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Theologian seeks urgent revision of Draft National Energy and Climate Plan

By Sarah Mac Donald - 22 March, 2019

Irish eco theologian Fr Sean McDonagh has called for an urgent revision of the country’s Draft National Energy and Climate Plan (NECP).

In a statement, the Columban missionary called for the revision to be carried out by the end of 2019 to ensure that the final plan includes ambitious targets for substantial and sustained reductions in annual greenhouse gas emissions.

Fr McDonagh said he was making the call as president of An Taisce, the largest environmental organisation in Ireland.

He highlighted how a report published by the Central Statistics Office (CSO) in August 2018 showed that Ireland was way off track in reaching its carbon reduction targets.

In fact, the country had the third highest per capita greenhouse emission rates within the EU in 2015.

Agriculture was one of the worst offenders among the sectors producing greenhouse gas emissions, accounting for 32 per cent of the total in 2016, followed by transport and energy at 20 per cent.

“This is why An Taisce, the largest environmental organisation in Ireland, of which I am president, has challenged Ireland’s Draft National Energy And Climate Plan,” Fr McDonagh said.

He warned that the Draft NECP fails to deliver on either alternative energy systems or ways to reduce agriculture emissions.

“The CSO figures show that in 2016 Ireland had the fourth largest cattle herd in Europe. In terms of forestry, the CSO figures show that in 2015, 10.6 per cent of the country’s land area was covered by forestry, the second lowest rate in the EU,” he underlined.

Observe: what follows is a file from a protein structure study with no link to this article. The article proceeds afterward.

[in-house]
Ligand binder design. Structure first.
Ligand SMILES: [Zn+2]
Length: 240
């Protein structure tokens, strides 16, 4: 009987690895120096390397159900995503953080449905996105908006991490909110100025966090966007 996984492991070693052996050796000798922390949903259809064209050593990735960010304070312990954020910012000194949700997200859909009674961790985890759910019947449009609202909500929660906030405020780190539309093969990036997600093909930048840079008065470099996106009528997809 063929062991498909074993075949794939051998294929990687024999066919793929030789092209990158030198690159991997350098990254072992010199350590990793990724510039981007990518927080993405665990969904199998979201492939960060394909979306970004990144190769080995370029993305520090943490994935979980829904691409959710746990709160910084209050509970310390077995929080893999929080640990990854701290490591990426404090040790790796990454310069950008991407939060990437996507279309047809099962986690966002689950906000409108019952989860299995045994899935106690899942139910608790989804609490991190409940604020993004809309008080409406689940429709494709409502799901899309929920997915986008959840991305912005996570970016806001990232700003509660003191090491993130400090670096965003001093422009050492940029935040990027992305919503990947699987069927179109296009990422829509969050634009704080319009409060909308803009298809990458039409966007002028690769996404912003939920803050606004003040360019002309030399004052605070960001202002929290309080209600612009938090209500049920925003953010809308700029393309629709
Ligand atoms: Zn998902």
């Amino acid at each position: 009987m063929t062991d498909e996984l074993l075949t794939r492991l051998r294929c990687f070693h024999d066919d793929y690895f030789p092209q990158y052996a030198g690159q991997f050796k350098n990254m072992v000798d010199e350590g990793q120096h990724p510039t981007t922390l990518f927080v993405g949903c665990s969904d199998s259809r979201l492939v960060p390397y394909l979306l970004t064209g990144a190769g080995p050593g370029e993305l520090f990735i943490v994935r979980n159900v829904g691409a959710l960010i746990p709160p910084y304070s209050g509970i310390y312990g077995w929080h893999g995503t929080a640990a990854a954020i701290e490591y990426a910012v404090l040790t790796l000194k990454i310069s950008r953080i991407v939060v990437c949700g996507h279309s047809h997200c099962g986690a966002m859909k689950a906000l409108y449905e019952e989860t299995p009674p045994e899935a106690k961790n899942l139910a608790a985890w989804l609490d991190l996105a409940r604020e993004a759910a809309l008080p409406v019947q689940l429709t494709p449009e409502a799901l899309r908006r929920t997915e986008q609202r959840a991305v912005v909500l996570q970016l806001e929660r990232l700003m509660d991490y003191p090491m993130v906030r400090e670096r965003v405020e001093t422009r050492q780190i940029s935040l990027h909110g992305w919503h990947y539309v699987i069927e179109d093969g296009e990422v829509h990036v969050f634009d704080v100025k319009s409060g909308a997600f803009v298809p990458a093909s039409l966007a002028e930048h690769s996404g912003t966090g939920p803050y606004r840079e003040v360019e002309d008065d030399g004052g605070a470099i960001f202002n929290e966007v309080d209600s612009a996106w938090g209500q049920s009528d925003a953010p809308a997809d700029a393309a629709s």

The priest, who has written a number of books on the issue of environmental degradation and climate change, said the Draft NECP also shows no coherent climate action aligned with Ireland’s commitments under the 2015 Paris Agreement on Climate Change.

“The Draft Plan demonstrates that the Government has failed to grasp the overarching imperative of sharply and permanently cutting greenhouse gases from every part of our economy. This includes the built environment, transport, energy and agriculture.

“All four draft scenarios presented in the NECP only show a ‘flat-lining’ of total annual fossil fuel CO₂ emissions between the years 2015 and 2040. This misses the point completely, as ‘flat-lining’ means continuing to pump ever more emissions into the atmosphere when we need instead to urgently cut these emissions, year by year, all the way to net zero by mid-century.”

He added that the Draft NECP fails to show scenarios coherent with Ireland’s existing climate policy, widely understood as a linear annual reduction in CO₂ to at least an 80 per cent reduction in 2050 compared with 1990 levels.

“Worse still, the Draft NECP’s data projections show no reduction in annual greenhouse gas emissions from agriculture and land use until 2035. This means that there is effectively no serious attempt to reach carbon neutrality in the agriculture sector at any time in the future.”

An Taisce has pointed out that while Ireland moves to lower carbon fossil energy usage in the grid, in reality this is just a shift from coal and peat to gas, with little change in oil use.

“Rapid decarbonisation in line with our Paris Agreement commitment requires urgent reductions in emissions from all fossil fuel sources. Simply switching from one fossil fuel to another does not and cannot achieve this objective,” the president of An Taisce said.

The organisation said it regrets that the recommendations of the Citizens’ Assembly on Climate Change, which was held in November 2017, have not been taken into account in the Draft NECP.

An Taisce has called for the will of the Irish public, as expressed through the Assembly, to be reflected in the NECP.

As the organisation’s president, Fr McDonagh added, “We are glad that the high school students who are protesting about the government’s lack of vision on this vital issue will finally push the government to take real steps to lower Ireland’s greenhouse gas emissions.”

The students, who are holding climate protests every Friday around Ireland, are also demanding that the government accepts the Citizens’ Assembly’s recommendations on curbing greenhouse gas emissions.

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